John was given medication to prevent additional seizures while the team mapped out his brain’s circulatory system with imaging that included angiograms, MRI and CT scans. John appreciated how Dr. Malisch used this imaging as visual aids when explaining what the care team had in mind.
“Dr. Malisch explained everything in terms that I could understand, and I really felt that I was in great care,” John said.
“I think that most patients want to clearly understand what their health issue is; talking over their heads won’t reassure them,” said Dr. Malisch. “So I use a lot of visuals, drawings and language that I think they will understand.”
Gamma Knife radiosurgery and one more embolization
Dr. Malisch suggested that they move the glue from the New Jersey procedure closer to the fistula with a second embolization. And since John was otherwise healthy, he recommended they start with Gamma Knife radiosurgery.
Gamma Knife does not involve any incisions. Instead, it focuses tiny beams of radiation into a pinpoint. This makes it possible to target areas of the brain with extremely high precision, without damaging surrounding tissue. Gamma Knife makes it easier and safer to treat complex brain conditions such as cancer, tumors and lesions, but Dr. Malisch also finds that it helps put patients at ease.
“In a way, we are performing Plan A and Plan B at the same time, and that helps patients feel confident that they’re getting the right care,” he said.
If the embolization did not close off the blood flow to John’s fistula, the radiation from a single Gamma Knife session would cause those blood vessels to close over the coming years.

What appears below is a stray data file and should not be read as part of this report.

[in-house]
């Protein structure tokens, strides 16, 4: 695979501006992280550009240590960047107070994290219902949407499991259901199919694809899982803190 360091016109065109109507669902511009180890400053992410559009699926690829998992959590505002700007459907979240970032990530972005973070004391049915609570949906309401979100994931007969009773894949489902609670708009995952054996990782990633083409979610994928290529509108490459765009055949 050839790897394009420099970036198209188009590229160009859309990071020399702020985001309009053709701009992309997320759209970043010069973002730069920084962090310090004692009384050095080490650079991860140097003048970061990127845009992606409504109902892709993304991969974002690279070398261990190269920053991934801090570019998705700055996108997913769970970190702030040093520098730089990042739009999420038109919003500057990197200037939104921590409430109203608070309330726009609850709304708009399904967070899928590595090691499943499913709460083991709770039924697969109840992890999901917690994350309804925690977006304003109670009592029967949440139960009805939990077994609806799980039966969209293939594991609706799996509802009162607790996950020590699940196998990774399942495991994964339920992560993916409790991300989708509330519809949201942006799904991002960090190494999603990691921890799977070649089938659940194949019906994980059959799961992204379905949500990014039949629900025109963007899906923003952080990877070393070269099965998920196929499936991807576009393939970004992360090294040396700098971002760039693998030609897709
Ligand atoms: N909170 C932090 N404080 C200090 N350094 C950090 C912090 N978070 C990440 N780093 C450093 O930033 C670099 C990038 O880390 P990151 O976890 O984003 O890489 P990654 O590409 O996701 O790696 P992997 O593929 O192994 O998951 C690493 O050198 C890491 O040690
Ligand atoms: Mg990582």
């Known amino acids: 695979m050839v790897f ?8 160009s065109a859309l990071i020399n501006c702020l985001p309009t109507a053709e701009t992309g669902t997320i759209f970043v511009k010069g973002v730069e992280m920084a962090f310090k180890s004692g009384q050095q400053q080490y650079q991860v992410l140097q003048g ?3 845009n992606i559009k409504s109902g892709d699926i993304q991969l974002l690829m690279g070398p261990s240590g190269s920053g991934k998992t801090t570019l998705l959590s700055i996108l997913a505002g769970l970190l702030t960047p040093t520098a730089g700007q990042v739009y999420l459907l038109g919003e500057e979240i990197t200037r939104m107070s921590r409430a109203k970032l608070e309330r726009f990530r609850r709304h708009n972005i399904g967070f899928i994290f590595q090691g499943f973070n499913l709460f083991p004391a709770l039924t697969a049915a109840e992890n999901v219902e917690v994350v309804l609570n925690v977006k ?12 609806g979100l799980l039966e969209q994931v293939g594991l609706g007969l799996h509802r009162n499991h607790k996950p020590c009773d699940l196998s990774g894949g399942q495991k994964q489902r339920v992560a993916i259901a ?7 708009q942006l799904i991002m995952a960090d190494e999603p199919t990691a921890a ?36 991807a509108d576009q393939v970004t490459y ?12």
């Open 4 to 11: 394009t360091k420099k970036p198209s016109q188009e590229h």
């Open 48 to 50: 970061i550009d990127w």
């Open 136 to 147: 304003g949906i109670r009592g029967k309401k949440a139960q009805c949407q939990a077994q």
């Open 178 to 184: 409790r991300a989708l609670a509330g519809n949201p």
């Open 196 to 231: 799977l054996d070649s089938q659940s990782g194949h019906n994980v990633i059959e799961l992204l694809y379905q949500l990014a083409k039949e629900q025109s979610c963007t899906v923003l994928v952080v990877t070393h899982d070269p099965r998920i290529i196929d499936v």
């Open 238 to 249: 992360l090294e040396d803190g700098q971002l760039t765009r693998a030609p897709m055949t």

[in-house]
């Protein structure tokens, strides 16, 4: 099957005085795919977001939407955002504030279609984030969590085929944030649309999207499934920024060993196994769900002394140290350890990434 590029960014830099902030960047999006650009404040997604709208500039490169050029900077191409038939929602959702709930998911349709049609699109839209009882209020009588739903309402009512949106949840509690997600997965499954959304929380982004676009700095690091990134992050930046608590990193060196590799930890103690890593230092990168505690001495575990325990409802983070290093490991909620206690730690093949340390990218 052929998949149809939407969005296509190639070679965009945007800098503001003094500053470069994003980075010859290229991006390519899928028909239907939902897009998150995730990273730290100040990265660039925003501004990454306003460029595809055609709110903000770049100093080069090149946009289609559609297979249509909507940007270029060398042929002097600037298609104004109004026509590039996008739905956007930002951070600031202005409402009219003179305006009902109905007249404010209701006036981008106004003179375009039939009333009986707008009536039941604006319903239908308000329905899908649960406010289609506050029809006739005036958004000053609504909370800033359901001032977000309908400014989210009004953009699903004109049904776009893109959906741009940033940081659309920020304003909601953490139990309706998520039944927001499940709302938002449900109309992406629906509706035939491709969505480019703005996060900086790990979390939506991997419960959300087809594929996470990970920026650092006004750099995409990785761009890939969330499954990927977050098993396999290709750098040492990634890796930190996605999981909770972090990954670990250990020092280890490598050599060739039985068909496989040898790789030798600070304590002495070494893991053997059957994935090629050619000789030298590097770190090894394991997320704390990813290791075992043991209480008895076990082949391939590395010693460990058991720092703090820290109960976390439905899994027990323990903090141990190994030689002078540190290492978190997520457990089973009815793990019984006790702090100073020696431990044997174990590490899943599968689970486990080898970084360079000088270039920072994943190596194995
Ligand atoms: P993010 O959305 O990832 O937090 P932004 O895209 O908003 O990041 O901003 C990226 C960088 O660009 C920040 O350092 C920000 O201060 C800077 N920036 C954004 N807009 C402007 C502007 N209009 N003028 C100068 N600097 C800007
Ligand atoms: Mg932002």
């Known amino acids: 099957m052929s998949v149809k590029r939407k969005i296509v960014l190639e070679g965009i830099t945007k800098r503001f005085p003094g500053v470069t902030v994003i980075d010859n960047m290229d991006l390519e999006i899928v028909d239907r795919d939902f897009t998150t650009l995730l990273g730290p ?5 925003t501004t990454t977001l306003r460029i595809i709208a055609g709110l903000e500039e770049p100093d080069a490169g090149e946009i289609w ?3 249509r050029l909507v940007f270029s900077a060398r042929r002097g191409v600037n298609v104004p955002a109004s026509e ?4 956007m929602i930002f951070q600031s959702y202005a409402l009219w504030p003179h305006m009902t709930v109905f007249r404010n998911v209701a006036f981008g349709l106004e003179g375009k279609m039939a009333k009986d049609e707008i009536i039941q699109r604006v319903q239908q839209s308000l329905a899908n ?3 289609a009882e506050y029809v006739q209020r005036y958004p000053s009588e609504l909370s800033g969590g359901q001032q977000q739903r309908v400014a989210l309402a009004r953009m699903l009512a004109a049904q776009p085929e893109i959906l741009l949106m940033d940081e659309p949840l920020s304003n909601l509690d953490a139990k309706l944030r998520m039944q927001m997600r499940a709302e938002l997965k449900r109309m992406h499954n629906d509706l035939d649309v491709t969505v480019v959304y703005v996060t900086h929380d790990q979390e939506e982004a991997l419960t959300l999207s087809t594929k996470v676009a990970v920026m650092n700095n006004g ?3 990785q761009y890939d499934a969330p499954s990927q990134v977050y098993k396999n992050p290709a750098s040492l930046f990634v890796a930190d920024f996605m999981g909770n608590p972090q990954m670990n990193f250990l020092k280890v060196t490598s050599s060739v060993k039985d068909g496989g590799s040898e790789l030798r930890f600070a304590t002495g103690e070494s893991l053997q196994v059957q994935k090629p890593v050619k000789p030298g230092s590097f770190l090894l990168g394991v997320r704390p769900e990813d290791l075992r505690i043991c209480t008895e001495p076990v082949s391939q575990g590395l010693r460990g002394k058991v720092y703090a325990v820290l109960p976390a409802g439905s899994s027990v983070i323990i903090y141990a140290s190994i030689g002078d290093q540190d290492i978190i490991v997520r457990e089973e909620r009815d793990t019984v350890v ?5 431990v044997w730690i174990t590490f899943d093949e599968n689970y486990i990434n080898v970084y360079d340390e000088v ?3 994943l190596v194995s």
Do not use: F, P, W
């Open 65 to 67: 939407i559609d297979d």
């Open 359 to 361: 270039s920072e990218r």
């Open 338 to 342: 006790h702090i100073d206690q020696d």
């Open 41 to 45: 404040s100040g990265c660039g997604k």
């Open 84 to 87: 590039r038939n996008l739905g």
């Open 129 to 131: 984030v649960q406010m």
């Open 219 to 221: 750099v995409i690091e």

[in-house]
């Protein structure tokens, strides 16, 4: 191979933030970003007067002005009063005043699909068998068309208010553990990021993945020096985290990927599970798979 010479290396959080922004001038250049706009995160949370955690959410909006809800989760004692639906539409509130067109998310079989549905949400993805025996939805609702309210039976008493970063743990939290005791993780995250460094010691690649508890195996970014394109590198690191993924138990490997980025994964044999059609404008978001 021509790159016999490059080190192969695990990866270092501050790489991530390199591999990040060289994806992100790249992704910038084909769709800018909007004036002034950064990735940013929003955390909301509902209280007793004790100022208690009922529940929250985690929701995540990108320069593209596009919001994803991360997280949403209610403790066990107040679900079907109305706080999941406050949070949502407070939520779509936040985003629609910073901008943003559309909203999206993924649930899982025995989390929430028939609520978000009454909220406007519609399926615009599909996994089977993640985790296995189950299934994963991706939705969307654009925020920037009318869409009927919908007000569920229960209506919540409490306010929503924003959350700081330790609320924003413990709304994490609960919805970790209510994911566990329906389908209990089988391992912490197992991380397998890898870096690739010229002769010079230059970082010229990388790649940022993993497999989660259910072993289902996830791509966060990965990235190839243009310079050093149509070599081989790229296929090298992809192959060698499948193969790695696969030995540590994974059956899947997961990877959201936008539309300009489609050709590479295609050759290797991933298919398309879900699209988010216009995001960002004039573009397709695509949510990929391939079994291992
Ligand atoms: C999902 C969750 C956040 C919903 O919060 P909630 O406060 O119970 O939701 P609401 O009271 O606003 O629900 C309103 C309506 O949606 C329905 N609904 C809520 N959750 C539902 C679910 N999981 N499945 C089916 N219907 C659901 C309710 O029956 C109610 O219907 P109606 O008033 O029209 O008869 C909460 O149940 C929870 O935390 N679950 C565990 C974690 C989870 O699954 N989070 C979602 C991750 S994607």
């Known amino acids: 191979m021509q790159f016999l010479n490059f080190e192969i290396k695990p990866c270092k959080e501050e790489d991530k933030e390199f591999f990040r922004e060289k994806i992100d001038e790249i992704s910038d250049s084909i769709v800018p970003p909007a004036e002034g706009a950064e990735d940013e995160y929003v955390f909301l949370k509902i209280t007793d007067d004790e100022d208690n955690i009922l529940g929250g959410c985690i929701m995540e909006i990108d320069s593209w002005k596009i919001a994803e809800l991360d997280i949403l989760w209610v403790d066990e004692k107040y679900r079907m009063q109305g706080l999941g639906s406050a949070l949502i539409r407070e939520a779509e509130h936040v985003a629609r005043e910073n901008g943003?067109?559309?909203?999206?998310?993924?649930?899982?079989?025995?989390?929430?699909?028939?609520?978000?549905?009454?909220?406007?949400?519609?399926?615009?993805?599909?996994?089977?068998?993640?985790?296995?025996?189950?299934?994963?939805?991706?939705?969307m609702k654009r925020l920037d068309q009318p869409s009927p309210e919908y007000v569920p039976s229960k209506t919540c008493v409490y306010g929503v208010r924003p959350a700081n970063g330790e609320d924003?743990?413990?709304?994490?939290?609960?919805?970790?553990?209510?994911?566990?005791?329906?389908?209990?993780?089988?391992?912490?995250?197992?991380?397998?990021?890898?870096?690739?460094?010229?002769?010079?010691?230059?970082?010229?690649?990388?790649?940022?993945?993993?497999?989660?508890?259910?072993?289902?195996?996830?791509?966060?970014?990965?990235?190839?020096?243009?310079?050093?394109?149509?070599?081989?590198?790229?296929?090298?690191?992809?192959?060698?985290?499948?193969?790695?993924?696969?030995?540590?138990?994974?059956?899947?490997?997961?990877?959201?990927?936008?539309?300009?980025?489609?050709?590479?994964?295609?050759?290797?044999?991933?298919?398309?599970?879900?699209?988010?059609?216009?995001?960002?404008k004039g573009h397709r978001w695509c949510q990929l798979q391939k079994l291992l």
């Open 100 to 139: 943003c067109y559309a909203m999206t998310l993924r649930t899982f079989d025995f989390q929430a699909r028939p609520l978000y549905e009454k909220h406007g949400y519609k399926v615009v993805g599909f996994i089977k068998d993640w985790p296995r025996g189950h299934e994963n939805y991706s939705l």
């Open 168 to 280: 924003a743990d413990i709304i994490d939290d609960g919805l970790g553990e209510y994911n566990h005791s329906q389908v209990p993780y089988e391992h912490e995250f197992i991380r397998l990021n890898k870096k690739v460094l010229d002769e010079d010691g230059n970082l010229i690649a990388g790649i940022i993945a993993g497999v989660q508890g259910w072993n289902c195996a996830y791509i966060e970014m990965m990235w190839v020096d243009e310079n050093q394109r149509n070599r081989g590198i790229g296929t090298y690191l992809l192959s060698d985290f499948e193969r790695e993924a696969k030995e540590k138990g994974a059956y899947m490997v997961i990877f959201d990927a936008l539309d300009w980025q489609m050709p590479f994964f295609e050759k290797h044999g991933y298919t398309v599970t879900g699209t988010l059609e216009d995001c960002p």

During the entire three-and-a-half-hour procedure, John was awake with his head secured inside a stereotactic headframe. This prevented John from moving his head while inside the Gamma Knife machine.
“It’s not an easy thing to sit still for that long, but at least I only had to do it once,” he said.
A few weeks later, John received his second embolization, which proved successful. His rate of recovery afterward still astonishes him.
“I had my embolization done on Monday, was released on Tuesday, worked from home Wednesday, and was back in the office Thursday,” he said. He hasn’t had a seizure, or even a headache, since."
John says thank you in danish (pastry) to his Gamma Knife care team
Don’t ignore potential stroke symptoms
By August, Dr. Malisch and his team had confirmed that John’s dAVF was completely gone.
“I'm a big believer that God cures our patients, but our team of well-trained doctors, nurses, radiation physicists and X-ray technologists helps,” Dr. Malisch said.
He also credits John for taking his symptoms seriously during his New Jersey conference. Dr. Malisch believes that educating patients on potential stroke symptoms helps them make life-saving decisions.
“Seek medical attention immediately if you suddenly have the worst headache of your life, or weakness in your arms or legs, or one side of your face sags,” Dr. Malisch emphasized. “Don’t take a nap and expect it to get better.”
John is back on the road for work and looks forward to a summer cruise with his wife along the Adriatic Sea. His gratitude for the care he received at Ascension Alexian Brothers inspired him to write a letter to the hospital’s president praising everyone on his care team. And when he comes by the hospital for a checkup, he likes to bring Danish pastries for his former nurses.
Even now, he gets a little choked up talking about all that they did for him. “To have this type of care within 20 minutes of my house is amazing.”
Vision problems, headaches and confusion can be early signs of a brain condition. Learn about neurological care options near you at ascension.org/ILbrainandspine